EL PASO, Texas – Immigrant advocates filed a lawsuit late Thursday in federal court challenging the Biden administration’s new ban on asylum that officials say will prevent illegal crossings of the U.S.-Mexico border.
The American Civil Liberties Union and other groups have asked a federal district court in San Francisco to block the rule, saying the policy, which went into effect Friday, violates the U.S. Asylum Act.
At the center of the lawsuit is a rule that the Biden administration hopes will prevent illegal border crossings after the end of the Title 42 pandemic-era deportation policy. It expired at midnight on Thursday due to the end of the national COVID-19 public health emergency.
The policy, which mirrors Trump-era rules, disqualifies migrants who cross the southern border without permission to seek asylum unless they first request humanitarian asylum in a third country, such as Mexico, on their way to the United States.
In practice, this rule would disqualify most non-Mexican immigrants from asylum. Under the rules those found ineligible for asylum could face expedited deportation to their home country or Mexico and a five-year ban on re-entering the U.S. Those who try to re-enter the country illegally could face criminal charges, the Biden administration warned. .
In their lawsuit, the advocates said the Biden administration’s rule “attempts to combine the resurrected and illegal features” of two Trump administration policies blocked in court. One of these rules disqualifies immigrants from asylum if they enter the United States between ports of entry, while the other bars immigrants from asylum if they fail to seek protection in a third transit country.
The ACLU successfully challenged both Trump-era rules and convinced judges to halt them.
“The rule operates similarly to the Trump administration’s prior asylum ban: the rule expressly bars asylum seekers—all non-Mexicans—unless they satisfy one of enumerated and limited conditions or exceptions,” the lawsuit says.
Under US asylum laws, immigrants on American soil are allowed to request protection, regardless of how they entered the country. Because the system is heavily backlogged, immigrants wait years on average for a decision. The legal threshold for asylum is very high and many migrants ultimately do not meet the eligibility criteria to prove that they are fleeing persecution that stems from factors such as their religion or politics.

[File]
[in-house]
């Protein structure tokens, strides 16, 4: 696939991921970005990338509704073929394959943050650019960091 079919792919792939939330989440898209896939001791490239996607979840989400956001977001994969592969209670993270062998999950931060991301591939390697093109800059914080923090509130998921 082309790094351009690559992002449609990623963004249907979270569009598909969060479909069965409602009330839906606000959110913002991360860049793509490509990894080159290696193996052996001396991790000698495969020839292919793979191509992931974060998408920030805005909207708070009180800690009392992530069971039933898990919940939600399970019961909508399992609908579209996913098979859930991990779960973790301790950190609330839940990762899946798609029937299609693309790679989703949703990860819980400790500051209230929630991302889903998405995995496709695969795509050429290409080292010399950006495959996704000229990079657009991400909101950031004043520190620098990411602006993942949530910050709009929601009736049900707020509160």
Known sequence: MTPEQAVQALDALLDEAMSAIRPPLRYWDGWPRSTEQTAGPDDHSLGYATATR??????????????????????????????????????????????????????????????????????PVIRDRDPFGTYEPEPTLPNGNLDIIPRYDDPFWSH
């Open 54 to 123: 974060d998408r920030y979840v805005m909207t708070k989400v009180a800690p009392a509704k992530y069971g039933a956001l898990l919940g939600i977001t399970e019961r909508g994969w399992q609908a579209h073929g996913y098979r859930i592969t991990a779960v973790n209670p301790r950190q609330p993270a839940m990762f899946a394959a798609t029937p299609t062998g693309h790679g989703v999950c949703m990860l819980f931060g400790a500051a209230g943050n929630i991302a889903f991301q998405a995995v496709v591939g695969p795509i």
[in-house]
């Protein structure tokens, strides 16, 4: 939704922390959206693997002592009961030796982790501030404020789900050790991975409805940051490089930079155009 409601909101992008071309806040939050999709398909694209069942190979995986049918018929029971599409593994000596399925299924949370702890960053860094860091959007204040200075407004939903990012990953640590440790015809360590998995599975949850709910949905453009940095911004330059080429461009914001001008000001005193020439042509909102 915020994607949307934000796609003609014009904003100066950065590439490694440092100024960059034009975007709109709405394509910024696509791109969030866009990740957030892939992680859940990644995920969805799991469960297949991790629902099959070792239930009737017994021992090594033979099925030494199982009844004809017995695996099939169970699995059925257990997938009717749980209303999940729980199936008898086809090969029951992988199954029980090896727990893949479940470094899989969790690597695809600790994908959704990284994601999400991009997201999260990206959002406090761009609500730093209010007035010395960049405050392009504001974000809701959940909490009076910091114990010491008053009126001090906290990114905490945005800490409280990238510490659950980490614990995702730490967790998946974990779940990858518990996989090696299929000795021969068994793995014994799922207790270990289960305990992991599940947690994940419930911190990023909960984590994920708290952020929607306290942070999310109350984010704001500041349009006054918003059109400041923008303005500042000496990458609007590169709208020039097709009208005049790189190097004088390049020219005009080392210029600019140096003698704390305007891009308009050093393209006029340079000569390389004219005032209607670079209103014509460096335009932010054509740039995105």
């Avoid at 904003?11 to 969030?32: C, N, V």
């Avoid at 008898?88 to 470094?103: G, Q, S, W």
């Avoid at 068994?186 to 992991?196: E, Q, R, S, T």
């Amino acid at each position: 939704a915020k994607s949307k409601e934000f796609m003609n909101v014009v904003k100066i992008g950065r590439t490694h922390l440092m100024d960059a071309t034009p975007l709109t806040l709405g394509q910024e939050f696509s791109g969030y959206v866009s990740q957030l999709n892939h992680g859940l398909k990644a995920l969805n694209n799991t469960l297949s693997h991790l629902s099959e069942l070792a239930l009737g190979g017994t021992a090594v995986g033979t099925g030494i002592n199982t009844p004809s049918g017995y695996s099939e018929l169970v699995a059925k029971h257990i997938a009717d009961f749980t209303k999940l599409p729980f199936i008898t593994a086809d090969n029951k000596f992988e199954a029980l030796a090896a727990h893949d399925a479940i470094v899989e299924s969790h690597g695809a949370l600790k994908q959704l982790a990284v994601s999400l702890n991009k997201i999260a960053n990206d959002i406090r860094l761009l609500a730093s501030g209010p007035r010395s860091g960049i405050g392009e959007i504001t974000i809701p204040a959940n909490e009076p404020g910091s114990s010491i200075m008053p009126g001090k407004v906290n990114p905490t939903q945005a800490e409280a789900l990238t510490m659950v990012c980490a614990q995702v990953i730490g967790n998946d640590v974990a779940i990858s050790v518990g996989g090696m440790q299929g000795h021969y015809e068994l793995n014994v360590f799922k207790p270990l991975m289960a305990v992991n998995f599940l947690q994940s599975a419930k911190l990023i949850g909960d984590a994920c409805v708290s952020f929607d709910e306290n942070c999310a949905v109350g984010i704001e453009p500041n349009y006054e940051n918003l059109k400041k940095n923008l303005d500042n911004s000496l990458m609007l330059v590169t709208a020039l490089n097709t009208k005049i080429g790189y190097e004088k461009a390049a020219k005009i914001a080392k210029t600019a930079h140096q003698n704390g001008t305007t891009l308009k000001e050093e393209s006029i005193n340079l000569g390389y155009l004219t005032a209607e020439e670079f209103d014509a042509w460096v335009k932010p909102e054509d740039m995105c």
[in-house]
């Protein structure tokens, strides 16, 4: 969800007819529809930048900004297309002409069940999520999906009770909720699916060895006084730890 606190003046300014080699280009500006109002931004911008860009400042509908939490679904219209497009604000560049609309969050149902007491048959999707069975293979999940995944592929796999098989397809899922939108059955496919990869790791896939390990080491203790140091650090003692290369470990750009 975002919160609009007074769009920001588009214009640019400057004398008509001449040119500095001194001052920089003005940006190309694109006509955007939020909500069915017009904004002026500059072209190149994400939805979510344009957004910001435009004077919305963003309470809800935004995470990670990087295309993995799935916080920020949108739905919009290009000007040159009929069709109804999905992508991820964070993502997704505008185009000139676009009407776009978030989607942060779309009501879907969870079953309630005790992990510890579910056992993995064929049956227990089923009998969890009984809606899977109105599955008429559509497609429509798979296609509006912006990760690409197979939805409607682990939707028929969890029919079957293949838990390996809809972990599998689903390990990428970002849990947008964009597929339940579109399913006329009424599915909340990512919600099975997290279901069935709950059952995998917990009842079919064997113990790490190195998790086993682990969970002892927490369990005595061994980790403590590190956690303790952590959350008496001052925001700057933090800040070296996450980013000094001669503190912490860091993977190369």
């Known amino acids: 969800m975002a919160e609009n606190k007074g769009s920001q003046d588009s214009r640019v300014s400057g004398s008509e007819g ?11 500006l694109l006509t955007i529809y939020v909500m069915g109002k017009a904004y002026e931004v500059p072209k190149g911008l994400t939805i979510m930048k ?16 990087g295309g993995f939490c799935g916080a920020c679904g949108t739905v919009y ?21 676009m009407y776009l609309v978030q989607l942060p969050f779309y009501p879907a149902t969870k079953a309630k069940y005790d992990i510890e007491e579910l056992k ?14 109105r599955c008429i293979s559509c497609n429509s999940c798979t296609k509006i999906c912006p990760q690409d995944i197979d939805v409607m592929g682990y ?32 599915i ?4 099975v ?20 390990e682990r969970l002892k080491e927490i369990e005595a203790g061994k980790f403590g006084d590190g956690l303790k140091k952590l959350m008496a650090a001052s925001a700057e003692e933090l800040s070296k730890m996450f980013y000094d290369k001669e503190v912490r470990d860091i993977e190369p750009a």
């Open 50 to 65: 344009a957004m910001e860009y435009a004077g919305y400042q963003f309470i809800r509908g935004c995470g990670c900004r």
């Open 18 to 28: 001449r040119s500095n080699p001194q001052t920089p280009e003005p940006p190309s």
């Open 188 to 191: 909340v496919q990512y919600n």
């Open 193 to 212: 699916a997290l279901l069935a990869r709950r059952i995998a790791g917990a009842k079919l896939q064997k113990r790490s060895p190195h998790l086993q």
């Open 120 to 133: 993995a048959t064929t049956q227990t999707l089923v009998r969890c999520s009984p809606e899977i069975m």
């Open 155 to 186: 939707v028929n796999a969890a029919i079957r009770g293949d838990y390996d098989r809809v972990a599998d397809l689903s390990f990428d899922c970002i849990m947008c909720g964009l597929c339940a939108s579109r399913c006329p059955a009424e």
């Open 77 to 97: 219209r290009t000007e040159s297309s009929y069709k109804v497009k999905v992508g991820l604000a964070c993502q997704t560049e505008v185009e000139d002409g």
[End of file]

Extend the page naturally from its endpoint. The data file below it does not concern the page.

It’s unclear whether a federal court will find the Biden administration’s rule invalid. While the new restriction is based on punishing immigrants for entering the United States without permission and not seeking asylum elsewhere, it is less restrictive than the nearly total asylum ban enacted under former President Donald Trump.
The Biden administration’s asylum ban, for example, does not apply to unaccompanied children or migrants who secure an appointment to enter the U.S. through a mobile app for asylum seekers in Mexico or who are sponsored by U.S.-based individuals under a program for Cubans, Haitians, Nicaraguans and Venezuelans. .
The rule includes limited exemptions for migrants facing “imminent and extreme threats” to Mexico, those with “severe” medical emergencies and victims of serious human trafficking.
The Biden administration has also argued that its approach to asylum restrictions differs from the Trump administration’s efforts because it is pairing the measure with expanding channels for immigrants to fly or otherwise enter the United States legally.
“This rule responds to the heightened encounters we are experiencing at the border and is critical to creating an orderly process for seeking protection in the United States when Congress refuses to reform our broken immigration laws or provide the funding needed to provide adequate asylum. Officers and Immigration judges to process claims in a timely manner,” Department of Homeland Security spokeswoman Luis Miranda said in a statement.
US border officials have reported record highs in immigrant apprehensions under President Biden, and the number of illegal crossings has risen to unprecedented levels in recent days in the lead-up to the end of Title 42.
In the first three days of this week, an average of 10,000 migrants were arrested per day after crossing the US-Mexico border illegally. The U.S. government estimates that about 60,000 migrants are waiting in northern Mexico for a chance to enter the United States, according to Border Patrol Chief Raul Ortiz.
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